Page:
In my opinion, the movie corporation needs to wake up to the 21st century and realize that formats like DVDs and Blu-rays are dead. When it comes to Google Play and iTunes the prices these companies charge for movies is bloated at best in my opinion. I can compress Blu-rays down to 1.6GB on average with a nearly unnoticeable quality loss. As far as I’m concerned, there is no reason not to compress data. As a proof in point, the newer HBO series Silicon Valley is a company that has some extremely good compression logarithm. My final point that they don’t know what they are doing, is that it is easier to torrent a film rather than to obtain a legal copy.
To get around all these problems I’ve turned to Amazon.com‘s used Blu-ray’s and two programs, Handbrake.fr and RedFox to solve nearly all of my problems. I compress Blu-ray, or DVD, using the H264 format into an MKV (Not Mp4 and I’ll explain why in a bit) video file. I’ve been doing this for years with great success, but only recently have I found all the settings that just work better than the rest.
First up, get the program
AnyDVD (RedFox instead now) so that you can get past the encryption on the Blu-ray. Otherwise, I would never get anywhere trying to rip my Blu-rays because the files would be corrupted.
I use MKV for one reason because MP4 cannot handle multiple Subtitle files. When ripping a video you need two Subtitle tracks, one for Foreign Languages and the other for full subtitles. This way if want the watch the video without audio, or if one of my Deaf Friends is watching, I can enable it and enjoy the video. Whereas the Foreign Language Subtitles show up by default so that I’m not guessing what they’re saying in a different language.
The first tab is the Picture settings, which is one of the easiest for me to set up to my liking. Normally, I’m ripping a Blu-ray and I want Blu-ray quality so I set the Anamorphic to “Loose” and Modulus to “2” because I want all my pixels. Make sure to let Handbrake take care of the Cropping Automatically so that your computer isn’t encoding Black bars at the Top and Bottom or Left and Right of the video. Blu-rays are still a victim of needing to be cropped, just today I was surprised when I found “Beerfest” had just blank black bars at the top and bottom of the video. What a waste.
When it comes the Video quality, I’ve gotten the best results using Constant Quality set at 24 for Blu-rays. Someone could make a good case for 23 if they didn’t mind a slightly bigger file size. For DVD’s set the Constant Quality at “21” to balance quality and file size. I keep the Frame Rate constant and set it at “Same as Source”. In the Optimize Video section is where I’ve personally lost a lot of time and sleep over. Basically, the Optimize Video Section works best when it set at “Slower“, the Tune is for “Film”, the H.264 Level set to “4.1”. I could explain for hours why I choose these settings, but summing up the options I choose is what I prefer.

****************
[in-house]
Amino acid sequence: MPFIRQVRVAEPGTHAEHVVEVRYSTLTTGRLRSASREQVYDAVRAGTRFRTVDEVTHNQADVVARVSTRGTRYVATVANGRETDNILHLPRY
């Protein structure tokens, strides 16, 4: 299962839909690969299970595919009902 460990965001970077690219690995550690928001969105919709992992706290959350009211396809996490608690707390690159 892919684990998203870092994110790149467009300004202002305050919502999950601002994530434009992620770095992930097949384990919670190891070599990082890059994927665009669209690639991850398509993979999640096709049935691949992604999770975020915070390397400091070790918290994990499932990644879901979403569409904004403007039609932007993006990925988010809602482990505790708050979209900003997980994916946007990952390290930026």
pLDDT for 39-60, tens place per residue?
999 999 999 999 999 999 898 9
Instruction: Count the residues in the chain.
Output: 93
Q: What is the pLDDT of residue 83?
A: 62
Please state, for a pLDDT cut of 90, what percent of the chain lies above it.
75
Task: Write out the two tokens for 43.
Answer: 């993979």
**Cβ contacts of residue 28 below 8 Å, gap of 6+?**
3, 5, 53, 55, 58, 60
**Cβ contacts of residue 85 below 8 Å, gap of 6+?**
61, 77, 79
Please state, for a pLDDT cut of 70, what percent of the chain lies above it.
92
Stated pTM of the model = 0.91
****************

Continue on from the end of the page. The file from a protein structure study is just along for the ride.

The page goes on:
Next up on the list is deciding on what format to encode the audio with. In the past, I just used passthrough, which is just a perfect copy of the Blu-ray or DVD audio file. With time I found my file sizes bigger than what makes sense for me as my digital video library grew. FLAC held my interest too for a while, but after some lengthy debates with myself, I decided the file size is still too big and the quality difference just isn’t worth it. I’ve settled on the MP3 format now because of the following reasons. When an MP3 is encoded at 192 kbit/s it becomes very difficult to tell the difference from some of the best formats out there. Note that 320 kbit/s isn’t worth it, when someone does a double-blind test, odds are that they cannot tell the difference. I use the Mixdown setting “Dolby Surround” as a way of retaining some surround elements from the video.
Subtitles are a bit tricky to get right, but I’ll do my best to explain. The picture above is a Blu-ray where they are still using the boring old DVD formats. Normally, I just need to add two tracks of the “1 English (PGS)” and only check mark the boxes “Forced Only” and “Default” on the first track only. This way I get both subtitles for languages not in English, and the ability to turn on subtitles for the entire film. Well, the movie Terminal Velocity is an old movie, to say the least. Because of the archaic DVD format, I needed to set up the foreign audio choosing “Foreign Audio Scan” and just check marking “Default”. Notice I do not select the “Forced Only” because I would get nothing to display if I choose that option. This way whenever I play the video the default option is to display subtitles for words, not in English.
As long as someone uses the same settings I show above, they will have a format that loses none of the features and is capable of being played on nearly every device. There is no need for programs like VLC so the video is even playable this way either. These videos will be hard to distinguish from playing the actual Blu-ray it’s ripped from or new MKV file just made. Best of all, these MKV files are very portable at this size. They would easily fit on a standard DVD 2-4 times being dependent on the length of the film. I find Blu-rays to be a complete waste, but on the other hand, the companies sure have made it easy for me to get a high-quality digital copy of my favorite videos. Anyway, don’t forget to comment below for any help with backing up your Blu-rays, and/or DVDs, by commenting below.